In LIBRARYCesar Ceballos More on self avoiding walk We will continue to work on self-avoiding walk problems on lattices of affine Coxeter groups. Mike suggested last week to look at Affine G2 which look like a thick hexagonal lattice filled with examine and squares. He has some computation done. We can also look at other affine groups BC2 or A1xA1.31 Oct 2014 Mike Zabrocki treat with self avoiding candies I will describe an algebraic way of looking at self avoiding walks and concentrate on these walks in the group lattice of reflection groups. I will demonstrate how to compute the numbers of self avoiding walks using non-commutative Grobner bases in GAP and Sage (Notes).24 Oct 2014 Mercedes Rosas (Spain) Symmetries for the structural constants for the ring of symmetric functions. We describe a family of closely related symmetries that share the main structural constants for symmetric functions. This includes the Littlewood Richardson, the Kronecker, and the plethysm coefficients, among others.17 Oct 2014

SPECIAL TIME: 12:45Philippe Nadeau (France) Combinatorics of the affine Temperley-Lieb algebra The classical Temperley-Lieb algebra was originally defined in statistical mechanics, but has since come up in numerous branches of mathematics, such as knot theory or representation theory. It possesses a well known faithful representation as an algebra of noncrossing diagrams, with a basis naturally indexed by 321-avoiding permutations. Such combinatorics generalize naturally to a certain affine version of the Temperley-Lieb algebra, and I will describe several combinatorial aspects of this affine setting.10 Oct 2014 Neal Madras Self-Avoiding Walks on the Hexagonal Lattice A self-avoiding walk in a lattice is a path that does not intersect itself. The number of n-step self-avoiding walks starting at the origin is approximately C^n for some constant C that depends on the lattice. The exact value of C is rarely known exactly. An exception is the hexagonal lattice, where H. Duminil-Copin and S. Smirnov proved that C = sqrt{ 2 + sqrt{2} } (Annals of Mathematics 175, 1653-1665, 2012, arXiv:1007.0575), verifying a 3-decade-old physics prediction. I will review their proof. As for extending their method to other lattices, the primary obstacle seems to be geometric for three-dimensional lattices, but algebraic for other planar lattices.3 Oct 2014 Christophe Hohlweg (LaCIM, UQAM) Weak order and imaginary cone in infinite Coxeter groups The weak order is a nice combinatorial tool intimately related to the study of reduced words in Coxeter groups. In this talk, we will discuss a conjecture of Matthew Dyer that proposes a generalization of the framework weak order/reduced words to infinite Coxeter groups. On the way, we will talk of the relationships between limits of roots and tilings of their convex hull, imaginary cones, biclosed sets and inversion sets of reduced infinite words (partially based on joint works with M. Dyer, J.P. Labbé and V. Ripoll).26 Sep 2014 Shu Xiao Li On the Saturation conjecture for the structure constant of the immaculate non-symmetric functions. He presented a counter example !!!!12 Sep 2014 Nantel Bergeron What to do this year Some topic I have in mind: (please think of more) ** Some open problem about non-commutative lift of Q-Schur function [Mike, I would love it if you could help us set up a Sage worksheet for computation of those] ** Analogue of saturation conjecture for immaculate (here Cesar and Shu Xiao might lead this one) ** I would still like to look seriously again at Fibolan and fibonomials. (Cesar and Farid) ** Non intersecting path in the lattice of affine Coxeter group (Cesar and Mike)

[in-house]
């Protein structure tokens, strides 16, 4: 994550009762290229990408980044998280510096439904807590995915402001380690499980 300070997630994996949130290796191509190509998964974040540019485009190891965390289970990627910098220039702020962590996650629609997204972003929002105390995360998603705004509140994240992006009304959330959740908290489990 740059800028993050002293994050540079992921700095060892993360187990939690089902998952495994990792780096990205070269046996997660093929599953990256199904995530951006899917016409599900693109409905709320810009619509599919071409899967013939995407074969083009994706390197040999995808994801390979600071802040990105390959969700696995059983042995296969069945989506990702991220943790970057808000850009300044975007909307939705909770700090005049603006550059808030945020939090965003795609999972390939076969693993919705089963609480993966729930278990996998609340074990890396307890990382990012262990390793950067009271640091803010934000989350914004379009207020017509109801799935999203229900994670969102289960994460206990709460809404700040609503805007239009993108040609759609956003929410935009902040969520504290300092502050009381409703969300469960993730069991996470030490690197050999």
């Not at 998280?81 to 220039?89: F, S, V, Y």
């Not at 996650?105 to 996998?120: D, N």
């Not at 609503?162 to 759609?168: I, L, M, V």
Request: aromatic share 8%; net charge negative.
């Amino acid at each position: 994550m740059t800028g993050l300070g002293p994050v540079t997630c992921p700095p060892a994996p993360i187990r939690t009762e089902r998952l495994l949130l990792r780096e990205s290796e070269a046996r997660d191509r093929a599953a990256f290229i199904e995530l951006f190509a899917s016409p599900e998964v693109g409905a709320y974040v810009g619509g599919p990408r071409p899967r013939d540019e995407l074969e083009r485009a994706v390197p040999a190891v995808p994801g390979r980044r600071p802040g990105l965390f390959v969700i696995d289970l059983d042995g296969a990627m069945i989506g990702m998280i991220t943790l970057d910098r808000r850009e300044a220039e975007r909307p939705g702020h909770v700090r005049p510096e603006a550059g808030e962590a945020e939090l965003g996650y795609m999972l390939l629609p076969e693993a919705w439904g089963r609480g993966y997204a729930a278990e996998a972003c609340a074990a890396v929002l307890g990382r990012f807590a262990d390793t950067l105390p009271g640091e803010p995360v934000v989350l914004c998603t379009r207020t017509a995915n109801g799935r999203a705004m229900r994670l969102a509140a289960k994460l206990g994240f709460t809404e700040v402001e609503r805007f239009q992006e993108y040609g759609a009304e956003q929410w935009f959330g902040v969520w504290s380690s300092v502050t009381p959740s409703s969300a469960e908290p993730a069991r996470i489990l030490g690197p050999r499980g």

- Unless otherwise indicated, the seminar meets on Fridays at 3:15 pm in Room 210 of the Fields Institute.
- If you are interested in speaking at the seminar, contact Nantel Bergeron.
- You may also be interested in the Applied Algebra Seminar (Monday afternoons at York University).

** About the seminar. **
Every year we pick a new topics to explore.